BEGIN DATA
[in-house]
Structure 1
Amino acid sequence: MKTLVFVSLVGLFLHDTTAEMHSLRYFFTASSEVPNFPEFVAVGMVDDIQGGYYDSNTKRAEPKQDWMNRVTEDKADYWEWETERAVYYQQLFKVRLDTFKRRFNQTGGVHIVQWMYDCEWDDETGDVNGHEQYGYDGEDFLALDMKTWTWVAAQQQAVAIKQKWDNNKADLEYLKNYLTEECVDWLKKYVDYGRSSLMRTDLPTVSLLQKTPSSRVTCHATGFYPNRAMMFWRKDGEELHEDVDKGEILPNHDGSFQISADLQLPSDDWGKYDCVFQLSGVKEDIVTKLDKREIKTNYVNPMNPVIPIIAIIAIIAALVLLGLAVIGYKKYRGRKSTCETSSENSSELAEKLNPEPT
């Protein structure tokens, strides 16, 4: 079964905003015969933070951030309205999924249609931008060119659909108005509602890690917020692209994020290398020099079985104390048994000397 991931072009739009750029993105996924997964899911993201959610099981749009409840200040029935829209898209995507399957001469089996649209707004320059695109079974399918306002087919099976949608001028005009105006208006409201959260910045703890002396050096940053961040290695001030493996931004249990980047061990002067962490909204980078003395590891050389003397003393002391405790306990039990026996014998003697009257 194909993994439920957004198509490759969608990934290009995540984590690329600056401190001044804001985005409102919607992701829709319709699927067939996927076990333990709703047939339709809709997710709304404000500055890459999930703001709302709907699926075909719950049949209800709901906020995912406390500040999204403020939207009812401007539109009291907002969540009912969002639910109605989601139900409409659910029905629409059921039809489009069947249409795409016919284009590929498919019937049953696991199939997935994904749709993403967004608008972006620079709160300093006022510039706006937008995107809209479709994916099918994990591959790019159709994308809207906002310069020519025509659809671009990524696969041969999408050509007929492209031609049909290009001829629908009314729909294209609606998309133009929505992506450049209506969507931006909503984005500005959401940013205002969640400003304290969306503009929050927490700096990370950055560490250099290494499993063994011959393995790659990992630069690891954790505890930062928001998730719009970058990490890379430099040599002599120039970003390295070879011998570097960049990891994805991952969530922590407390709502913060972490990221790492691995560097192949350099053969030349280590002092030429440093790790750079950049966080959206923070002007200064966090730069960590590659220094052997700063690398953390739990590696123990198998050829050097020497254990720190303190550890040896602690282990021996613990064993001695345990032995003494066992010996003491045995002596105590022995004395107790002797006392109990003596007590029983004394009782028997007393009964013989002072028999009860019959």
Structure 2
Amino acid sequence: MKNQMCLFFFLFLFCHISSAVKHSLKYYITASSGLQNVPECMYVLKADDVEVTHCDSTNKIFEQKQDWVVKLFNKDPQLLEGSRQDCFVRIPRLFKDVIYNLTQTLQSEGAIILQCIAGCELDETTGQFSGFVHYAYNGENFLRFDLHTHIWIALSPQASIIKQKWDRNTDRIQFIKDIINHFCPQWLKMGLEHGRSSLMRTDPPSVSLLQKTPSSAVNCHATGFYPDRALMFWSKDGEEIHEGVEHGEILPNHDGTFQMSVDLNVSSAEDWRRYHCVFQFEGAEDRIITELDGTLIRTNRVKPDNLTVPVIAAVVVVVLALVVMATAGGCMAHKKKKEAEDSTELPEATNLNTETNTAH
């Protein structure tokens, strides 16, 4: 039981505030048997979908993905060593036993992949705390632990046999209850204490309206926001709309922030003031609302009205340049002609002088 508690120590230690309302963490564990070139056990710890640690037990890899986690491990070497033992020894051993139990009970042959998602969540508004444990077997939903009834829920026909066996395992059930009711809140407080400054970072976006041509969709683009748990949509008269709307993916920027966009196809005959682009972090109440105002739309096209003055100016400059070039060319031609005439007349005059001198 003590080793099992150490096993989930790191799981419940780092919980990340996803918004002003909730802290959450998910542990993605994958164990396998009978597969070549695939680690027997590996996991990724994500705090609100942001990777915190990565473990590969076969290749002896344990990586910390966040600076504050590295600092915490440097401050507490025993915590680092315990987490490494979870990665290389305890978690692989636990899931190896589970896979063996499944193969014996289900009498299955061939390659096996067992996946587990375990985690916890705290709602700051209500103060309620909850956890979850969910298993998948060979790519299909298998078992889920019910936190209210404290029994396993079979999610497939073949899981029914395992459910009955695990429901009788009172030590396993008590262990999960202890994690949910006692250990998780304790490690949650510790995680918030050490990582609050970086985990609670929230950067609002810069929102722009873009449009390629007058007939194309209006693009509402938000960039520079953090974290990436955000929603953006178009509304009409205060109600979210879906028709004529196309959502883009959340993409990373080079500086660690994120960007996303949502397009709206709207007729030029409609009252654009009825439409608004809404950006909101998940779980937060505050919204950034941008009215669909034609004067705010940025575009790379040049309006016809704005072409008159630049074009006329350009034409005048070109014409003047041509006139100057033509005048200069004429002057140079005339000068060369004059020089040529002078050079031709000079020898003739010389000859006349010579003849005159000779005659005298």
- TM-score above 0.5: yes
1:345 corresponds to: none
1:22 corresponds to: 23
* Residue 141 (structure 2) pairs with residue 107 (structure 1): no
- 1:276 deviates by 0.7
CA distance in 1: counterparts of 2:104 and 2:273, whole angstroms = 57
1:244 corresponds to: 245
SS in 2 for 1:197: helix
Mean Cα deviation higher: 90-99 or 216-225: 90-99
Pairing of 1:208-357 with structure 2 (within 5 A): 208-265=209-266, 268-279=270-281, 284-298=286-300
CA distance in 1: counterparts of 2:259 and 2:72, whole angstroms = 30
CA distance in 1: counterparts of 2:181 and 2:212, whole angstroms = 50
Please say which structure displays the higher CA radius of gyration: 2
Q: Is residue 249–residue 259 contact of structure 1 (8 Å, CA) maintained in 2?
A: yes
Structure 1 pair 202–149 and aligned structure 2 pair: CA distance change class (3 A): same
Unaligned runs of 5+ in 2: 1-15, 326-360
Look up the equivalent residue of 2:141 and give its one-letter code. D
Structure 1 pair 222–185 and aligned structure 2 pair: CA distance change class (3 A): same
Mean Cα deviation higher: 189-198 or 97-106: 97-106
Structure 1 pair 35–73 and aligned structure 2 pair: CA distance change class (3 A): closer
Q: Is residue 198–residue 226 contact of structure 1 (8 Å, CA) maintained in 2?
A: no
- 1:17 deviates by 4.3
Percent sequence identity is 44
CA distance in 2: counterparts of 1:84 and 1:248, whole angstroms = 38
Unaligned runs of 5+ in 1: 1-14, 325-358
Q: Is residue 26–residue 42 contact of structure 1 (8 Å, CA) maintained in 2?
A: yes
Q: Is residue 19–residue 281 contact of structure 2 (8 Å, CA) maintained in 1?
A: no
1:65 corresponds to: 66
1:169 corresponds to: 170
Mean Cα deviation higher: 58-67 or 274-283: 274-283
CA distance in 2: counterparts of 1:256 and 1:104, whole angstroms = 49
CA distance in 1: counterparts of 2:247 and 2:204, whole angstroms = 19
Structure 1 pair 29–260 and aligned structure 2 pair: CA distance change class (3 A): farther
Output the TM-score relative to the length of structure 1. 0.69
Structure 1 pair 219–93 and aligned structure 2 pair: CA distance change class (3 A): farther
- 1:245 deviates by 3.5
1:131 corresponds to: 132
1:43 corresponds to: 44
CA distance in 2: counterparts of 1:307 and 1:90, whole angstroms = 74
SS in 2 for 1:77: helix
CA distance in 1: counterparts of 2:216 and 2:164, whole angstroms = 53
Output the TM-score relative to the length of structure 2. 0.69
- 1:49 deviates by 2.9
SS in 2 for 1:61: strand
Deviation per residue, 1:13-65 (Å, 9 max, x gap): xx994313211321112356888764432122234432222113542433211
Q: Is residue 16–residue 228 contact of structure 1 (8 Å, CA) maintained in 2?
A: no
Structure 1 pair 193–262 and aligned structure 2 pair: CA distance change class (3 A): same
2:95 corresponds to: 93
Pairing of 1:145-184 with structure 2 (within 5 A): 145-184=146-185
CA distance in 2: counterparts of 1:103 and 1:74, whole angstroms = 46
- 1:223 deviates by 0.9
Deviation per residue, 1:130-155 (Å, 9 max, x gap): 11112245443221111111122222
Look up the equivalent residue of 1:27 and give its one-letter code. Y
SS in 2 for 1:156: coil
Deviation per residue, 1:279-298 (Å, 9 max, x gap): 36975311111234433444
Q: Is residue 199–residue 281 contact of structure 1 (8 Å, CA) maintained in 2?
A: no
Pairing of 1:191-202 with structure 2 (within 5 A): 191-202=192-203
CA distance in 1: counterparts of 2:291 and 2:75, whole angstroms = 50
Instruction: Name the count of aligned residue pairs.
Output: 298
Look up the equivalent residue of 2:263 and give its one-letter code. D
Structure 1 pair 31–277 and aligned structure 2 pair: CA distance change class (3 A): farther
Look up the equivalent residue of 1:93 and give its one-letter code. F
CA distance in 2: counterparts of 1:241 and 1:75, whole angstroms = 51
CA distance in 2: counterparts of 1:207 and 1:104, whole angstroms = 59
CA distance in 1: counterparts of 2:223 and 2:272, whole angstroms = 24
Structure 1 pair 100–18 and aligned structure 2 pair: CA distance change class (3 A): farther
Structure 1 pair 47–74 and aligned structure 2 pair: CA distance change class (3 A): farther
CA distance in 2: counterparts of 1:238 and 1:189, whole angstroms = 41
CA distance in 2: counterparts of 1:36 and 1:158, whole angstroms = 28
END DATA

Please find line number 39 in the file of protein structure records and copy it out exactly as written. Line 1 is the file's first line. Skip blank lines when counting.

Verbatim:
1:65 corresponds to: 66